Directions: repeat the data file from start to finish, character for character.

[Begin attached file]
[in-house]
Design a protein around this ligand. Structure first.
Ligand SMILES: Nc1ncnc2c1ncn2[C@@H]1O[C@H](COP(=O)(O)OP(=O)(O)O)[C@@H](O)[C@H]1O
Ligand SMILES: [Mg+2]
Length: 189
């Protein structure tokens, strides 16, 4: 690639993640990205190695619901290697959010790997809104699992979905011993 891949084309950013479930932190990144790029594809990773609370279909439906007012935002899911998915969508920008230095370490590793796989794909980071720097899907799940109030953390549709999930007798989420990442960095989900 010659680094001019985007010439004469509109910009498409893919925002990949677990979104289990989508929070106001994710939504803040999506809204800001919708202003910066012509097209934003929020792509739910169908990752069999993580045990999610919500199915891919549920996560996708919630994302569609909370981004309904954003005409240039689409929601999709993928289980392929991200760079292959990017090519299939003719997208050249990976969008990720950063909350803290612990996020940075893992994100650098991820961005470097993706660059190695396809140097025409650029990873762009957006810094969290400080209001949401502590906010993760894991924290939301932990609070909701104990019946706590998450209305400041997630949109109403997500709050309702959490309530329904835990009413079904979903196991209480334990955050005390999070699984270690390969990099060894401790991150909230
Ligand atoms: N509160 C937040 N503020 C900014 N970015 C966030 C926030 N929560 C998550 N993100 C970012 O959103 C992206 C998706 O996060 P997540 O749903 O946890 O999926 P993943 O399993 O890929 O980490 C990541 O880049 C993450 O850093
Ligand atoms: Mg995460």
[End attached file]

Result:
[in-house]
Design a protein around this ligand. Structure first.
Ligand SMILES: Nc1ncnc2c1ncn2[C@@H]1O[C@H](COP(=O)(O)OP(=O)(O)O)[C@@H](O)[C@H]1O
Ligand SMILES: [Mg+2]
Length: 189
């Protein structure tokens, strides 16, 4: 690639993640990205190695619901290697959010790997809104699992979905011993 891949084309950013479930932190990144790029594809990773609370279909439906007012935002899911998915969508920008230095370490590793796989794909980071720097899907799940109030953390549709999930007798989420990442960095989900 010659680094001019985007010439004469509109910009498409893919925002990949677990979104289990989508929070106001994710939504803040999506809204800001919708202003910066012509097209934003929020792509739910169908990752069999993580045990999610919500199915891919549920996560996708919630994302569609909370981004309904954003005409240039689409929601999709993928289980392929991200760079292959990017090519299939003719997208050249990976969008990720950063909350803290612990996020940075893992994100650098991820961005470097993706660059190695396809140097025409650029990873762009957006810094969290400080209001949401502590906010993760894991924290939301932990609070909701104990019946706590998450209305400041997630949109109403997500709050309702959490309530329904835990009413079904979903196991209480334990955050005390999070699984270690390969990099060894401790991150909230
Ligand atoms: N509160 C937040 N503020 C900014 N970015 C966030 C926030 N929560 C998550 N993100 C970012 O959103 C992206 C998706 O996060 P997540 O749903 O946890 O999926 P993943 O399993 O890929 O980490 C990541 O880049 C993450 O850093
Ligand atoms: Mg995460």